Authors: Karin Slaughter
Tags: #General, #Thrillers, #Suspense, #Mystery & Detective, #Fiction, #Police Procedural
is a work of fiction. Names, characters, places, and incidents either are the product of the author’s imagination or are used fictitiously. Any resemblance to actual persons, living or dead, events, or locales is entirely coincidental.
Copyright © 2014 by Karin Slaughter Publishing, LLC
Map copyright © 2014 by Karin Slaughter Publishing, LLC.
All rights reserved.
Published in the United States by Delacorte Press, an imprint of Random House, a division of Random House LLC, a Penguin Random House Company, New York.
DELACORTE PRESS and the HOUSE colophon are registered trademarks of Random House LLC.
Library of Congress Cataloging-in-Publication Data
Cop Town : a novel / Karin Slaughter.
eBook ISBN 978-0-345-54751-4
1. Policewomen—Fiction. [1. Atlanta (Ga.)—Fiction. 2. Georgia—History—20th century—Fiction.] I. Title.
Cover art and design: Carlos Beltrán
Dawn broke over Peachtree Street. The sun razored open the downtown corridor, slicing past the construction cranes waiting to dip into the earth and pull up skyscrapers, hotels, convention centers. Frost spiderwebbed across the parks. Fog drifted through the streets. Trees slowly straightened their spines. The wet, ripe meat of the city lurched toward the November light.
The only sound was footsteps.
Heavy slaps echoed between the buildings as Jimmy Lawson’s police-issue boots pounded the pavement. Sweat poured from his skin. His left knee wanted to give. His body was a symphony of pain. Every muscle was a plucked piano wire. His teeth gritted like a sand block. His heart was a snare drum.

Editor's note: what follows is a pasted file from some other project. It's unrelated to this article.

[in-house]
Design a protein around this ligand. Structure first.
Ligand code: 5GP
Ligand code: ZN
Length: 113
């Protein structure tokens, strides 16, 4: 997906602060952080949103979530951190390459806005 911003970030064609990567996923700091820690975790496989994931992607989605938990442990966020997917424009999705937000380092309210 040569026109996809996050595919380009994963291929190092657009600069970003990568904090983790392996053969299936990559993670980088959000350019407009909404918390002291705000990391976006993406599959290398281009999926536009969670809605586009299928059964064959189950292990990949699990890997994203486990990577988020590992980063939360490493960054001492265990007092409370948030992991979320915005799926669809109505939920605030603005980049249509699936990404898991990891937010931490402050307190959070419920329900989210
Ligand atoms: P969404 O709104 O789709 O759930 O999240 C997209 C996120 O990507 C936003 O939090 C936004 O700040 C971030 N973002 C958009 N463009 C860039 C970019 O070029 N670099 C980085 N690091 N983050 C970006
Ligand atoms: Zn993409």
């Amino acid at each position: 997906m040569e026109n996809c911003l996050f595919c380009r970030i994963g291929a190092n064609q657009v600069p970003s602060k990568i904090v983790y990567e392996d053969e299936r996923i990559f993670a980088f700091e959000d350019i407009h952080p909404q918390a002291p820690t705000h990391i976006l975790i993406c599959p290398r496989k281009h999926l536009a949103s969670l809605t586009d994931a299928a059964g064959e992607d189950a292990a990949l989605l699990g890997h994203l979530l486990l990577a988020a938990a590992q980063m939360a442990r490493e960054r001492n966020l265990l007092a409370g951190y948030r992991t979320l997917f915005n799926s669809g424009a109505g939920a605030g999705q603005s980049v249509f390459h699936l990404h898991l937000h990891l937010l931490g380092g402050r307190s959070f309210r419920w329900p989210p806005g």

The black granite Equitable Building cast a square shadow as he crossed Pryor Street. How many blocks had Jimmy gone? How many more did he have to go?
Don Wesley was thrown over his shoulder like a sack of flour. Fireman’s carry. Harder than it looked. Jimmy’s shoulder was ablaze. His
spine drilled into his tailbone. His arm trembled from the effort of keeping Don’s legs clamped to his chest. The man could already be dead. He wasn’t moving. His head tapped into the small of Jimmy’s back as he barreled down Edgewood faster than he’d ever carried the ball down the field. He didn’t know if it was Don’s blood or his own sweat that was rolling down the back of his legs, pooling into his boots.
He wouldn’t survive this. There was no way a man could survive this.
The gun had snaked around the corner. Jimmy had watched it slither past the edge of a cinder-block wall. The sharp fangs of the front sights jutted up from the tip of the barrel. Raven MP-25. Six-round detachable box, blowback action, semiauto. The classic Saturday night special. Twenty-five bucks on any ghetto corner.
That’s what his partner’s life had come down to. Twenty-five bucks.
Jimmy faltered as he ran past First Atlanta Bank. His left knee almost touched the asphalt. Only adrenaline and fear saved him from falling. Quick bursts of recall kept setting off colorful fireworks in his head: Red shirtsleeve bunched up around a yellow-gold wristwatch. Black-gloved hand holding the white pearl grip. The rising sun had bathed the weapon’s dark steel in a bluish light. It didn’t seem right that something black could have a glint to it, but the gun had almost glowed.
And then the finger pulled back on the trigger.
Jimmy knew the workings of a gun. The 25’s slide was already racked, cartridge in the chamber. The trigger spring engaged the firing pin. The firing pin hit the primer. The primer ignited the gunpowder. The bullet flew from the chamber. The casing popped out of the ejection port.
Don’s head exploded.
Jimmy’s memory did no work to raise the image. The violence was etched into his corneas, backdropped every time he blinked. Jimmy was looking at Don, then he was looking at the gun, then he was looking at how the side of Don’s face had distorted into the color and texture of a rotten piece of fruit.
The gun had jammed. Otherwise, Jimmy wouldn’t be running down
the street right now. He would be face down in an alley beside Don, condoms and cigarette butts and needles sticking to their skin.